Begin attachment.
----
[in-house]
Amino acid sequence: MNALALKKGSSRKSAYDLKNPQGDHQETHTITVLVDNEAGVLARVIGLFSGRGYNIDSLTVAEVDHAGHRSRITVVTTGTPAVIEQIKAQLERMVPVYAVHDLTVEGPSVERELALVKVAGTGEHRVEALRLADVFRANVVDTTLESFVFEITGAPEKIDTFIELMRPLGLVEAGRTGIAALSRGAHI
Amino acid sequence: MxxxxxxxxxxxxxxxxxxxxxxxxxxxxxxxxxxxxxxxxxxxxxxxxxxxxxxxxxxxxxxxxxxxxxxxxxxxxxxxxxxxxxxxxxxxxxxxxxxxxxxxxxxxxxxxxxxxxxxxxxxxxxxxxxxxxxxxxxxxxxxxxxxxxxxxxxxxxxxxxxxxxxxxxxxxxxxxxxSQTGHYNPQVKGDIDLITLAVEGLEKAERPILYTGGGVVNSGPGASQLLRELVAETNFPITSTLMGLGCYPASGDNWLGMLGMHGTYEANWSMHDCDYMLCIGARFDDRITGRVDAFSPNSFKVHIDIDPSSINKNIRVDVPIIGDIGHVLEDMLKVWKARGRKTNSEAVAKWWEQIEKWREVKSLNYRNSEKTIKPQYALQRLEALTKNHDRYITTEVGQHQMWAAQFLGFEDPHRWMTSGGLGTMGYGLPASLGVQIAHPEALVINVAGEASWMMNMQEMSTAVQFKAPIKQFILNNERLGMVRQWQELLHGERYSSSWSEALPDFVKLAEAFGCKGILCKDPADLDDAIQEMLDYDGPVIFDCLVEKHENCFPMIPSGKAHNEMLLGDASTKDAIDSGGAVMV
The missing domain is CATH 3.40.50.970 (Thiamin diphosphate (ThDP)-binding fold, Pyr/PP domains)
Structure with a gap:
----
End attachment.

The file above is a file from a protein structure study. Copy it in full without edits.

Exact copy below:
[in-house]
Amino acid sequence: MNALALKKGSSRKSAYDLKNPQGDHQETHTITVLVDNEAGVLARVIGLFSGRGYNIDSLTVAEVDHAGHRSRITVVTTGTPAVIEQIKAQLERMVPVYAVHDLTVEGPSVERELALVKVAGTGEHRVEALRLADVFRANVVDTTLESFVFEITGAPEKIDTFIELMRPLGLVEAGRTGIAALSRGAHI
Amino acid sequence: MxxxxxxxxxxxxxxxxxxxxxxxxxxxxxxxxxxxxxxxxxxxxxxxxxxxxxxxxxxxxxxxxxxxxxxxxxxxxxxxxxxxxxxxxxxxxxxxxxxxxxxxxxxxxxxxxxxxxxxxxxxxxxxxxxxxxxxxxxxxxxxxxxxxxxxxxxxxxxxxxxxxxxxxxxxxxxxxxxSQTGHYNPQVKGDIDLITLAVEGLEKAERPILYTGGGVVNSGPGASQLLRELVAETNFPITSTLMGLGCYPASGDNWLGMLGMHGTYEANWSMHDCDYMLCIGARFDDRITGRVDAFSPNSFKVHIDIDPSSINKNIRVDVPIIGDIGHVLEDMLKVWKARGRKTNSEAVAKWWEQIEKWREVKSLNYRNSEKTIKPQYALQRLEALTKNHDRYITTEVGQHQMWAAQFLGFEDPHRWMTSGGLGTMGYGLPASLGVQIAHPEALVINVAGEASWMMNMQEMSTAVQFKAPIKQFILNNERLGMVRQWQELLHGERYSSSWSEALPDFVKLAEAFGCKGILCKDPADLDDAIQEMLDYDGPVIFDCLVEKHENCFPMIPSGKAHNEMLLGDASTKDAIDSGGAVMV
The missing domain is CATH 3.40.50.970 (Thiamin diphosphate (ThDP)-binding fold, Pyr/PP domains)
Structure with a gap: